It’s not about me.
Anaheim Fire & Rescue Capt. Tim Sandifer doesn’t use those exact words, but several times during a recent interview, he deflected credit for a big-time award he recently won.
Ed Bent, who died in March 2012, was a leader in establishing modern training and standards for California firefighters.
Bent spent 40 years as a firefighter, starting with the L.A. Fire Department in 1943.
By the time Bent retired in 1983, he had become synonymous with statewide policies and programs for new firefighters. He wrote training texts for, among other things, dealing with hazardous materials and building collapses.
Following his retirement in 1983, the California Fire Chiefs Association established the Ed Bent Training Excellence Award, given annually to top firefighting instructors in the state.
Sandifer, 37, an Anaheim Fire & Rescue firefighter for 15 years, won the award for 2015 at a ceremony in Fresno in November.
But don’t expect him to gloat about it — much less willingly talk about it.
Don’t get him wrong.
Sandifer is grateful and proud to have received the Ed Bent award, but for him, it’s a reflection of Anaheim Fire & Rescue’s commitment to excellence as an agency — not some mega-achievement on his part.
“It’s probably more a reflection of the guys who helped me get to this point rather than a reflection of myself,” says Sandifer, who mentioned AF&R Battalion Chief Tim Adams among his mentors.
“Through his efforts, Tim Adams has pushed this entire agency and county, as well as the state, to higher standards of fire service training,” says Sandifer, who is part of AF&R’s training company.
Sandifer also credits AF&R Battalion Chief Chad Thompson and Deputy Chief Pat Russell with giving people like him a “huge leash” when it comes to training. “It’s not cheap to go out and do what we do,” Sandifer says. “They have been financially supportive but also morally supportive.”
A committee for the Ed Bent award selected Sandifer after reviewing several nomination applications, Adams said.
Sandifer trains firefighters locally and across the state in such modern tactics as transitional fire attack, positive pressure attack, and flow path.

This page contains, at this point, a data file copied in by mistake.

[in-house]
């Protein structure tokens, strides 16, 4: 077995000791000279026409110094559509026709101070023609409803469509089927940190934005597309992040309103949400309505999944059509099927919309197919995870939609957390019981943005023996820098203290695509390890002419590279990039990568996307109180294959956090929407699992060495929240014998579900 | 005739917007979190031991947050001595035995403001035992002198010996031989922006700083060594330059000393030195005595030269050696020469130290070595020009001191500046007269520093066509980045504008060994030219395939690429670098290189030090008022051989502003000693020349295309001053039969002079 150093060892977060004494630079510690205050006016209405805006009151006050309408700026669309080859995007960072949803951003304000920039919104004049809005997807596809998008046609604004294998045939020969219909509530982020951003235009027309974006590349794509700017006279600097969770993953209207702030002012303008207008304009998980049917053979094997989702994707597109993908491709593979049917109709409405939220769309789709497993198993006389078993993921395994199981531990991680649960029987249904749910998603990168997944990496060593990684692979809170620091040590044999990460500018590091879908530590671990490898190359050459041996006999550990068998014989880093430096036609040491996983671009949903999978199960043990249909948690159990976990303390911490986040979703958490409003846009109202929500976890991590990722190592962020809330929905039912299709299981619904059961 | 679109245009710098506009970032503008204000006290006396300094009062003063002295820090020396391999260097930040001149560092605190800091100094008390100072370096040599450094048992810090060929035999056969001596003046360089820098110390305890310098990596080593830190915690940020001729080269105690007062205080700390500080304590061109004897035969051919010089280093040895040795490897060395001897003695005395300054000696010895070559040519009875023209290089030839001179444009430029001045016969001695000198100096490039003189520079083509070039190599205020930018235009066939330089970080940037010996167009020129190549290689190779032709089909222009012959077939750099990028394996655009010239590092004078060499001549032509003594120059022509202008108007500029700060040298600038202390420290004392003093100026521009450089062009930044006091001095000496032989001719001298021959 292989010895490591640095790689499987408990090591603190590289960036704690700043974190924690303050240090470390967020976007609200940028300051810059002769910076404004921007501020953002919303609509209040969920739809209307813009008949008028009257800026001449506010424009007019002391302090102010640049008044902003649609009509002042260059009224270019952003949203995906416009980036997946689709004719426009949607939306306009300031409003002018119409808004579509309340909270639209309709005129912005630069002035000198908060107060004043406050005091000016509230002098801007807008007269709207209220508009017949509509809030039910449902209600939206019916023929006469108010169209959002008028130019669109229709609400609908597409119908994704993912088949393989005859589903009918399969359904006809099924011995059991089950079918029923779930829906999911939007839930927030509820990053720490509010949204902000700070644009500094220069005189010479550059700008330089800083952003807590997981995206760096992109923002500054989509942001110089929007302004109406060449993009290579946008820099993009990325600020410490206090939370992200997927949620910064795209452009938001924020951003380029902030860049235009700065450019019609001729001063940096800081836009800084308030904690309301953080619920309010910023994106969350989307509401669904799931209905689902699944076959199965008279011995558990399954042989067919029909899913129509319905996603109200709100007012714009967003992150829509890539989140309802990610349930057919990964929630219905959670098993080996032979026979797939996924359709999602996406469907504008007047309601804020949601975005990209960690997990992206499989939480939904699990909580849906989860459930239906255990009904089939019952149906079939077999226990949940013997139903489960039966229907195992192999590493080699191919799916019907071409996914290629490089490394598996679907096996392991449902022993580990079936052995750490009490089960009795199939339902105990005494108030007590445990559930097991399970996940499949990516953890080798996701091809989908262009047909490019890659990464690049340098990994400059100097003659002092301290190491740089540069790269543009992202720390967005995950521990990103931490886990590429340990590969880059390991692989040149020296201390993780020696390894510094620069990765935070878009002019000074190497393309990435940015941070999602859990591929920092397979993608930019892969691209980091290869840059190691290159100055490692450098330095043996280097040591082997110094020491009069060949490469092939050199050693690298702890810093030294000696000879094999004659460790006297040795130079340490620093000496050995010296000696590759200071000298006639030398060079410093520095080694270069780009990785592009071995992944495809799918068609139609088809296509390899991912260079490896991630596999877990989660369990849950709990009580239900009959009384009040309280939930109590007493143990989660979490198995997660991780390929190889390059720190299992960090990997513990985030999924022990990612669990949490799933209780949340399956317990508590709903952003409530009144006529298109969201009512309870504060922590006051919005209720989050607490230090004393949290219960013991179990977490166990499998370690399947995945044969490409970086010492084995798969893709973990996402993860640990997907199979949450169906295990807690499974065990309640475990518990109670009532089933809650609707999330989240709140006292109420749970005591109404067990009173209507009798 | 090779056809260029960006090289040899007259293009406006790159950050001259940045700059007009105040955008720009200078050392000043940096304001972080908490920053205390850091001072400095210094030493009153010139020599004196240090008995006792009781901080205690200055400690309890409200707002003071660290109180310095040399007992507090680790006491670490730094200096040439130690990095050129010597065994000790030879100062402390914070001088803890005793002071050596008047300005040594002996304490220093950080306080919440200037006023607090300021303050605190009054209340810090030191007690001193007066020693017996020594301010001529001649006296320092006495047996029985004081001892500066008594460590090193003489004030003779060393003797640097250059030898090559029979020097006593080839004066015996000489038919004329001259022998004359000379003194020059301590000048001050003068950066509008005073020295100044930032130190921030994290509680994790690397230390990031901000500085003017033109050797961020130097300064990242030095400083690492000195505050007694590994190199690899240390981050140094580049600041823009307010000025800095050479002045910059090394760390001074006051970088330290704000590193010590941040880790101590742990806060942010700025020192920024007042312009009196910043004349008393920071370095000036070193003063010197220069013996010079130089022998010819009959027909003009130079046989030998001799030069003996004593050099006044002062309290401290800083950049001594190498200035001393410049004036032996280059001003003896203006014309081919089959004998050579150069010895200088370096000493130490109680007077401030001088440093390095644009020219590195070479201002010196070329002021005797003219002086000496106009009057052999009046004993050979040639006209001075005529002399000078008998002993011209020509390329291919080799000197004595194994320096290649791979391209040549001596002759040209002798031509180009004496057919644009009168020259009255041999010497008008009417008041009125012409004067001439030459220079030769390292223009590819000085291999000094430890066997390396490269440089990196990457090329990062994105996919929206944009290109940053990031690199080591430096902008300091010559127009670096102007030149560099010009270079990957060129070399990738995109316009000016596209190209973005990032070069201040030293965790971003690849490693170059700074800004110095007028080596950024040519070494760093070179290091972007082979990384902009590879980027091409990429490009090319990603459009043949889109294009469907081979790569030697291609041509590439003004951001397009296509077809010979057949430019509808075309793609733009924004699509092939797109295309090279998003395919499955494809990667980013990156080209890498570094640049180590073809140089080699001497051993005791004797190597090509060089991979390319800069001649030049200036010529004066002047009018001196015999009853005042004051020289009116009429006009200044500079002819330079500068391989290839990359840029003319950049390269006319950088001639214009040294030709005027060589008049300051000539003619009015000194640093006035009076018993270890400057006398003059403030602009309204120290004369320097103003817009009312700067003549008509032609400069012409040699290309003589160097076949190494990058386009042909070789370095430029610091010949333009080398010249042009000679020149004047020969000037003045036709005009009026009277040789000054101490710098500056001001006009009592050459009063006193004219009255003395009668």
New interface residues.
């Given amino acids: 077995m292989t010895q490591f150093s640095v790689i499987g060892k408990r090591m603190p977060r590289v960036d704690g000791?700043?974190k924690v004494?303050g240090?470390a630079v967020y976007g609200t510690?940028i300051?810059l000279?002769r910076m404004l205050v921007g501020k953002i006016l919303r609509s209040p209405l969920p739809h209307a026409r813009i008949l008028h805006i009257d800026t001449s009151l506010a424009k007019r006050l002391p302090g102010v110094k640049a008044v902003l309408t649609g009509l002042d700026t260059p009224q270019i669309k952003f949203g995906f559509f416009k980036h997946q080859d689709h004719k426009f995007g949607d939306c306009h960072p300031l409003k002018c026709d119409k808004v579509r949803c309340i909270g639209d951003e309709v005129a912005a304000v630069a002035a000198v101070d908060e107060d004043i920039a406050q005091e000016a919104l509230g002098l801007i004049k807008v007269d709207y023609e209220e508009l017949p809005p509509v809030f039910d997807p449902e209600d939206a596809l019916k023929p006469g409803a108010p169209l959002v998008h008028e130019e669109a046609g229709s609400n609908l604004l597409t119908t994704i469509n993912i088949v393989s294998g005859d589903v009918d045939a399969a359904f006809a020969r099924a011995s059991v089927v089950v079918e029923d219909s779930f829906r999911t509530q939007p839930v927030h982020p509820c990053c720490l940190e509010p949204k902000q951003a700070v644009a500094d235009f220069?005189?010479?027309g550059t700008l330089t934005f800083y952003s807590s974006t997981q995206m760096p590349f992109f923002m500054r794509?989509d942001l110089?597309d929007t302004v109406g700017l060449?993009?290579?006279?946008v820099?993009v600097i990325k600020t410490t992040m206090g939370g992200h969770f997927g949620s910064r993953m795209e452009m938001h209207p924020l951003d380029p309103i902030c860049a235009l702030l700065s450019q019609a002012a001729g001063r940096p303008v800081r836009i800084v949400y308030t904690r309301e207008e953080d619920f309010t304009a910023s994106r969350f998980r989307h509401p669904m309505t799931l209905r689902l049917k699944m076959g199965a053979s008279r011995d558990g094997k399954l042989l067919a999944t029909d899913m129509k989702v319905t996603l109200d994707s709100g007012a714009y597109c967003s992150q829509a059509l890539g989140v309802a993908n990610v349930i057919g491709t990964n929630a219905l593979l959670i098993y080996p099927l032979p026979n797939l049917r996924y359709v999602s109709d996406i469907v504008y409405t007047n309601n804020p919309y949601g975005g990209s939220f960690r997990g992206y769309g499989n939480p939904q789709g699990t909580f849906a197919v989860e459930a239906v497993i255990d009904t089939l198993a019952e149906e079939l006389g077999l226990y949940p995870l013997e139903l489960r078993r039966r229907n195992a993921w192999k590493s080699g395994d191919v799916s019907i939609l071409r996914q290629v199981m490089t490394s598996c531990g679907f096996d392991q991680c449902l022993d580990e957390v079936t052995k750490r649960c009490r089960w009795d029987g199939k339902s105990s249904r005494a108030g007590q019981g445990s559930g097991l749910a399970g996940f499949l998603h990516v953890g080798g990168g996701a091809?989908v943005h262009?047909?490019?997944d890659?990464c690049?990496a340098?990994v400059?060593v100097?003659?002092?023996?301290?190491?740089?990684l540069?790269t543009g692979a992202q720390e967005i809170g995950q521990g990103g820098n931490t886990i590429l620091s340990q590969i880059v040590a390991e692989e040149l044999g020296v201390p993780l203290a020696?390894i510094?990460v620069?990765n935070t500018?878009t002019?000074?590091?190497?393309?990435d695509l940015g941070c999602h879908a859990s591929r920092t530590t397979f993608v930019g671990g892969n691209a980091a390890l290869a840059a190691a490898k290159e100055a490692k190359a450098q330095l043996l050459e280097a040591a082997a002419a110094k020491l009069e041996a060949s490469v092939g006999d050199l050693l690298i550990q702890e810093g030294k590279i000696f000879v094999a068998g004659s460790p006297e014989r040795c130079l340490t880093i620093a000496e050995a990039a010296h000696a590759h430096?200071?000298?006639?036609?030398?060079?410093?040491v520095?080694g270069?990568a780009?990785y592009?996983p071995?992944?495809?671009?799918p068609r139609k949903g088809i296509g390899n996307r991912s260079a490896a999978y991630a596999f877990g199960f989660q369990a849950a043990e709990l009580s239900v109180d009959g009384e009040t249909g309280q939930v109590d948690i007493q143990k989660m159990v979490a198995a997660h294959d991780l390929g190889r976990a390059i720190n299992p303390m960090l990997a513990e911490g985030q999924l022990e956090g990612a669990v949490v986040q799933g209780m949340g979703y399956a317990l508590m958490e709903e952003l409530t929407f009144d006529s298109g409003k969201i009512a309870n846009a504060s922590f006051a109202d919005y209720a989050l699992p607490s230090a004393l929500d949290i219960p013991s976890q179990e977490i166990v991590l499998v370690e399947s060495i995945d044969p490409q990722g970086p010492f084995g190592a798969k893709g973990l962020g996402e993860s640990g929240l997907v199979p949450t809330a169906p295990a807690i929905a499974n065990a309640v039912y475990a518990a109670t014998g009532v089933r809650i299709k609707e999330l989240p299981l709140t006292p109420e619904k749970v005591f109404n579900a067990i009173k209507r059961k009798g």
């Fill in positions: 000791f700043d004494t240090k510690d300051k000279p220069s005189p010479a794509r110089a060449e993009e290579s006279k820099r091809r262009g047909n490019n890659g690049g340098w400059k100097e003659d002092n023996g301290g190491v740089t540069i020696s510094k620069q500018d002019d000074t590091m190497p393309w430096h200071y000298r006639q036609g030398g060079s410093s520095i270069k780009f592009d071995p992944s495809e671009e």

These and other tactics are based on science and have been adopted into use following millions of dollars in research by institutions such as Underwriters Laboratory (UL), a global independent safety science company, and the National Institute of Standards and Technology.
“Tim was selected due to his dedication and commitment to the fire service, as well as his efforts and exceptional influence in connecting with firefighters while teaching modern fire behavior,” Adams says. “His teaching style has increased the knowledge, skills and abilities of thousands of firefighters across the state.”
Adams says Sandifer’s training not only has increased the safety of firefighters, but also has allowed them to provide better service to the communities they serve.
One of six captains assigned to Station 3, which is located in the Anaheim Resort area, Sandifer says he doesn’t know who nominated him for the Ed Bent award, but that the nomination came from outside Anaheim Fire & Rescue.
He says he was “absolutely” surprised to be nominated and even more surprised to win.
The award, Sandifer says, underscores Chief Randy Bruegman’s strategic plan to show leadership in the fire service industry, demonstrate excellence and pay it forward by training members of outside agencies.
“It’s cool that other (fire) departments allow us to go in there and trust our knowledge and our skills and preparation to go in and train their personnel,” Sandifer says.
He says he’s always been interested in training — perhaps a trait he inherited from his parents, who both were teachers. Sandifer’s father taught college math and his mother was an elementary school teacher.
In addition to training other firefighters, Sandifer, who grew up in Huntington Beach and is a former lifeguard for Newport Beach, teaches at the fire academy at Santa Ana College and is heavily involved in instructing new recruits to AF&R.
“When we do all this training,” Sandifer notes, “it makes us better at doing our jobs every time we get on that fire truck.”